President Barack Obama will deliver remarks at a memorial service Tuesday in South Africa for the late South African president, Nelson Mandela, the White House said.
Obama began working on the remarks after Mandela's death was announced on Thursday, and was expected to continue as Air Force One made its way to Johannesburg, said Ben Rhodes, deputy national security advisor for strategic communications.
Obama is hoping to meet with Mandela's family, Rhodes said, but he isn't expected to meet formally with any world leaders while in South Africa.
"I wouldn't expect any bilateral meetings," Rhodes said.
Obama and first lady Michelle Obama were to spend Monday night aboard Air Force One. Also on the flight to Johannesburg were former president George W. Bush and first lady Laura Bush and former secretary of state Hillary Rodham Clinton.
Rhodes said the group had a chance to talk and were sharing reminiscences of Mandela.
"He's a leader who interacted with so many American leaders of both parties over the years," Rhodes said of Mandela. "Each of them had their own experience with Mandela."
Also on Air Force, Obama adviser Valerie Jarrett, Susan Rice and attorney general Eric Holder.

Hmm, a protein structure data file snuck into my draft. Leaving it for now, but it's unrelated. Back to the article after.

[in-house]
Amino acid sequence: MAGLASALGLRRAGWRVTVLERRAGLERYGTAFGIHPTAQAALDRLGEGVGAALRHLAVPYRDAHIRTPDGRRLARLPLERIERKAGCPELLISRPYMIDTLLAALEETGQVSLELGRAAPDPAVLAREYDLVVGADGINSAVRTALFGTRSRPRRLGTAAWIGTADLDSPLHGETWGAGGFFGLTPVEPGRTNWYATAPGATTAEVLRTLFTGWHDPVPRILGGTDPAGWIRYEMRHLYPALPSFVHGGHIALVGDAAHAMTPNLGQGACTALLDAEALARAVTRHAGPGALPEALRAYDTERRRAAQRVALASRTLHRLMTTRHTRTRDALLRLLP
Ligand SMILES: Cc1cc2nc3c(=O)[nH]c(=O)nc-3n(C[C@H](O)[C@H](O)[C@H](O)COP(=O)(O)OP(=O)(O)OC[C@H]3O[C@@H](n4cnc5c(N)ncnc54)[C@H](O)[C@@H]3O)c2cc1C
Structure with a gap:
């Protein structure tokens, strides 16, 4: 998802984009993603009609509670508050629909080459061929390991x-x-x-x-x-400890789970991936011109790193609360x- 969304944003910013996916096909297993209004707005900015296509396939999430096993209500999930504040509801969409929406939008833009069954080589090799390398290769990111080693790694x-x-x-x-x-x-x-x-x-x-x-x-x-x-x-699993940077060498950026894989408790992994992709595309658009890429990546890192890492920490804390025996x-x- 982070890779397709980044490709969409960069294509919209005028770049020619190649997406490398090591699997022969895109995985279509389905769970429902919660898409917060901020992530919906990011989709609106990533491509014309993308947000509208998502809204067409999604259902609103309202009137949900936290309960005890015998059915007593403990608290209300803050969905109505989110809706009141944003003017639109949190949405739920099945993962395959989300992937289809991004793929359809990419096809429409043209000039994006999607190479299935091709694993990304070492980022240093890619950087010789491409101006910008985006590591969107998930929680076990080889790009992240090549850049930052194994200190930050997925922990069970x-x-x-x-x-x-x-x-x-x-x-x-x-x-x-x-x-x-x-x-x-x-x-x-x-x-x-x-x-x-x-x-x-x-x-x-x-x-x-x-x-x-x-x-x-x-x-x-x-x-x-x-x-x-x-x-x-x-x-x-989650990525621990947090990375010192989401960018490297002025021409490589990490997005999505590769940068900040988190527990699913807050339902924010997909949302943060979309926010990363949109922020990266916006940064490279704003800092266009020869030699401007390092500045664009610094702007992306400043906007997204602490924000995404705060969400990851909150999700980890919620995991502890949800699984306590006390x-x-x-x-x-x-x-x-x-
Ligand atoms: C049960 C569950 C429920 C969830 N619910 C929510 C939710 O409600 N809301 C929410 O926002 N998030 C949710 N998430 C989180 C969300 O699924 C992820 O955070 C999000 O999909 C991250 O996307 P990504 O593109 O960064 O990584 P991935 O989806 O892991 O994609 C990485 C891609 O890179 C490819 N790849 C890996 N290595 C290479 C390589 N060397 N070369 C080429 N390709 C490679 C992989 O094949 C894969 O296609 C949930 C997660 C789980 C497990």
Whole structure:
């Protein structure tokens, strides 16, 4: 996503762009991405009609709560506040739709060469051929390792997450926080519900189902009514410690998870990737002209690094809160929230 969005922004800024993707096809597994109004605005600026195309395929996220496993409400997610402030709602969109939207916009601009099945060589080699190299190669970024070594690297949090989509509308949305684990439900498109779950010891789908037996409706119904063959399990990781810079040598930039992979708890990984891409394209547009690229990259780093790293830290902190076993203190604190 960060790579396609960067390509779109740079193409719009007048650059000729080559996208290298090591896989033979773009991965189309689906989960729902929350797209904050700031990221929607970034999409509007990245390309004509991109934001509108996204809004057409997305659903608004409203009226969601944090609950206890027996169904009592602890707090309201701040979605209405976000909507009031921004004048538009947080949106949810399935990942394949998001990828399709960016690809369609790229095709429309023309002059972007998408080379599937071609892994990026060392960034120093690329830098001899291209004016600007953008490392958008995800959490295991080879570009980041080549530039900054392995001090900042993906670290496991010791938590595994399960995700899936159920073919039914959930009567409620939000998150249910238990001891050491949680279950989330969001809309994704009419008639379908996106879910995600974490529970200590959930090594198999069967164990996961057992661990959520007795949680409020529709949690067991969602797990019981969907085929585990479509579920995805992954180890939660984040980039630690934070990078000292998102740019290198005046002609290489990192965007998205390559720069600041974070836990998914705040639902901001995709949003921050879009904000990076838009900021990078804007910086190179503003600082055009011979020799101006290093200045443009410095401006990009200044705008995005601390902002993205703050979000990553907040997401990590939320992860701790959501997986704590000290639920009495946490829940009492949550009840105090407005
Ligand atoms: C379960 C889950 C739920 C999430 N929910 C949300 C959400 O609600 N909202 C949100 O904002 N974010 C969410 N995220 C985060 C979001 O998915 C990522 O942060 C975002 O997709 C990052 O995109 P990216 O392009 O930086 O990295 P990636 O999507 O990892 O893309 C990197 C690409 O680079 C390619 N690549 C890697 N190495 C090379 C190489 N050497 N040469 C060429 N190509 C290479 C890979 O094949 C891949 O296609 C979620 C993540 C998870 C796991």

Rhodes said the U.S. kept a smaller delegation, per the South African government's request which wanted the event "to be an opportunity for the people of South Africa to say goodbye to Nelson Mandela."
Vice President Joe Biden and Jill Biden traveled to the South African embassy Monday morning to sign a condolence book for Mandela.
Biden will honor Mandela by speaking Wednesday at a memorial service at the National Cathedral in Washington.
At the embassy, Biden sat at a small wooden desk and spent several minutes signing a condolence book as various officials from the embassy looked on. Behind the desk was a large picture of beaming Nelson Mandela.
"On behalf of the American people, our deepest condolences to the people of South Africa for the passing of Nelson Mandela," Biden wrote, according to the VP's office. "But more than that, our profound gratitude -- for his compassion, his humility, and his courage. Through his unflagging, unflinching commitment to human dignity and his willingness to forgive, he inspired us and challenged us all to do better. He once said that 'a good head and a good heart is a formidable combination.' Mandela’s head and heart lifted a nation to freedom. We will continue to keep his spirit alive and strive to live by his example."
After signing the book, the Bidens spent time in front of a large, bronze statue of Mandela with his fist raised. Under it were dozens of flowers, mostly covered in frost.
South African Ambassador Ebrahim Rasool told Biden that the statue was molded after the first picture of Mr. Mandela after he was released from prison.
"I remember seeing the pictures...27 years," Mr. Biden said while looking up at the towering statue.
He spoke for a few minutes about going to South Africa in 1977, where he was unable to meet with a jailed Mandela.
Looking up at the statue, Mr. Biden said Mandela was "The most remarkable man I met in my whole career."
The Vice President said Mr. Mandela came to meet him after he was released from prison.